SI:  What kind of interaction, if any, did you have with civilians?

SS:  Oh, quite a bit, because of the fact that I spoke a little German.  Whenever we go to a town and we would stay there for a while, I was the communicator between the commanding officer and the civilian populace.  I would tell them that, if we created a curfew in the town, told the people not to be out of the house after a certain time or, if they had any radios, that we would confiscate them.  I was the in-between.  I also had the job of throwing the German civilians out of their houses.  If we walked into a town and command headquarters decided that's going to be the house for command headquarters and they needed three or four or five rooms to set up, it was my job to go there and tell the people, "Please, go live with your brother and sister down the street, get out of the house.  Take whatever belongings you have and leave."

SI:  Did anybody ever give you grief about it?

SS:  No.  They knew there would be no point in resisting, because we were soldiers with guns, so, there were never really any problems.  …

[TAPE PAUSED]

SI:  You mentioned that, since you spoke German, you were moved up to battalion intelligence.  How did they find that out?

SS:  One day, when I was still in the rifle company, they had a taken a prisoner and Lieutenant Heekin was trying to get some information out of him.  So, I said, "Lieutenant, maybe I can help you."  He said, "Find out what his name, rank and serial number is and where his outfit is located."  I asked the guy and he said to me, "You, I want. I need you in battalion headquarters."  So, he went to my captain and they arranged a transfer.

SI:  Were you mostly interrogating prisoners once you were there?

SS:  Not mostly, occasionally.  There was still a lot of regular soldiering, the interrogation was part of it.

SI:  How would an interrogation go?

SS:  … What we did was, we would ask them for information that would be valuable to us on the battalion level, and then, we would turn them over to regiment.  Regiment would interrogate them on a regimental level, and then, to division headquarters, and then, [from] the division, either to corps or an internment camp, but we would only ask them questions like, "Where are your men who are located near here are?  What kind of supplies do you have?" etc., etc., "What's your ammunition situation?" things that would be of help to us on an immediate basis. That was the story I told you, … the story I told at the meeting.  Do you remember it?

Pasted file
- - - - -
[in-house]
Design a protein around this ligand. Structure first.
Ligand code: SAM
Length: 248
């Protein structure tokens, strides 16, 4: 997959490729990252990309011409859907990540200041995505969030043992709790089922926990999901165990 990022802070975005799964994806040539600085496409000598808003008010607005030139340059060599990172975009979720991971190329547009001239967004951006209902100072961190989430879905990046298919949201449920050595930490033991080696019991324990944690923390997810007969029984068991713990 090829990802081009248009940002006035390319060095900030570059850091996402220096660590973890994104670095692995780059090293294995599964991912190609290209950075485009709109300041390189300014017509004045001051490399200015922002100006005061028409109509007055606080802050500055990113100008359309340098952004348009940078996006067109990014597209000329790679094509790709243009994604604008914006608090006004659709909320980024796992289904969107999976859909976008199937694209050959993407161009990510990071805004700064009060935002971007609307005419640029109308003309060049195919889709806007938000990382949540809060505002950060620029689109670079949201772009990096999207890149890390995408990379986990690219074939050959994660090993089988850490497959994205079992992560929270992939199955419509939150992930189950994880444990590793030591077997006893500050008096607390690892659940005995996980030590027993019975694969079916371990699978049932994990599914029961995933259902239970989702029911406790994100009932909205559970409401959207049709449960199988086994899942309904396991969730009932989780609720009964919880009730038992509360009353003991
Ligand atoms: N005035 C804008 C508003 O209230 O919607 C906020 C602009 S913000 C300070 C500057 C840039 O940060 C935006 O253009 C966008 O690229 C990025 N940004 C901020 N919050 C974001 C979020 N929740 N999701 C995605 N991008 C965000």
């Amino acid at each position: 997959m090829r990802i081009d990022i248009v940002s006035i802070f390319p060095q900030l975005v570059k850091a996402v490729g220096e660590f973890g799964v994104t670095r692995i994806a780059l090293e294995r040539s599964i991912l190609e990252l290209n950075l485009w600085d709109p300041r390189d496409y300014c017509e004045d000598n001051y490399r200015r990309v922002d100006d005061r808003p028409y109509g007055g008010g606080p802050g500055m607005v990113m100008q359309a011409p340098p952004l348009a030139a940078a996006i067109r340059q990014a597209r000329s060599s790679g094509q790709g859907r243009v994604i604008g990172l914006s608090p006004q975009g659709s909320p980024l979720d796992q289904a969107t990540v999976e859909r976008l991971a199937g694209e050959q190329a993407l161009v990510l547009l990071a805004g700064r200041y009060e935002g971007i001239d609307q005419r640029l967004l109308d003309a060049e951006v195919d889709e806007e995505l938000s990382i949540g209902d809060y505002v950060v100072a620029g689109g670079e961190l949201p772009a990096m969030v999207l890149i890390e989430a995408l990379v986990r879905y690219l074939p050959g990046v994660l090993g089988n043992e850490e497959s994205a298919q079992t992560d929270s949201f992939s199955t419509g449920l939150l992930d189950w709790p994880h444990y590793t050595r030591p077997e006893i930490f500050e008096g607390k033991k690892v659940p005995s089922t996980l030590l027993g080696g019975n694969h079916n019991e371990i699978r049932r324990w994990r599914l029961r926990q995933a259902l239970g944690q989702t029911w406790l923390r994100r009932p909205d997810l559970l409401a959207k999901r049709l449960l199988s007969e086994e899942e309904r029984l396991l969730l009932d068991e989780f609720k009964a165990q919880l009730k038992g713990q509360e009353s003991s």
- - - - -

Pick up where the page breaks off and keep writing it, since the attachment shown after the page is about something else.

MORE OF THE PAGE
SI:  Could you tell it again for the tape?

SS:  One night, we were sitting in a house, playing cards, and a runner came, saying, "They want you at headquarters.  They caught a prisoner," and I went over to headquarters and there was this German Wehrmacht[solider] and we got his name, rank, serial number, etc., and whatever information we wanted and the Captain said, "Take him to regiment."  So, we sat him on, you know what a jeep looks like?  We sat him on the hood, with his feet dangling in the front.  Now, the front of the jeep [is], if you ever notice, [it] has a very tall, thin rod, like this, which is razor sharp in the front.  The reason [is], the Germans used to string piano wires across the road and if you had your windshield down and, if you're driving the jeep, it would cut your head off.  So, we had him sitting on the hood, with his feet wrapped down and holding on to this post, and I'm sitting at the back with a rifle, guarding him, and there's a driver and another guy alongside the driver and we're slowly going back and here's the conversation going on between the two guys in the front.  "Hey, how far back is it to regiment?"  "I don't know about two-and-a-half miles."  "It's crazy.  Stop the jeep; we'll take the Heine in the field and stick a knife into him."  I couldn't buy that, so, I had to plead with these guys not to do it and I finally convinced them that we don't just [do] cold blooded murder, German or no German.  So, when we finally brought him back with the MPs at regimental headquarters, the MPs at regimental headquarters said, in as much as, "What, are you guys crazy, coming back three-and-a-half miles with just one guy?" inferring, "You should have done away with him before you ever got here."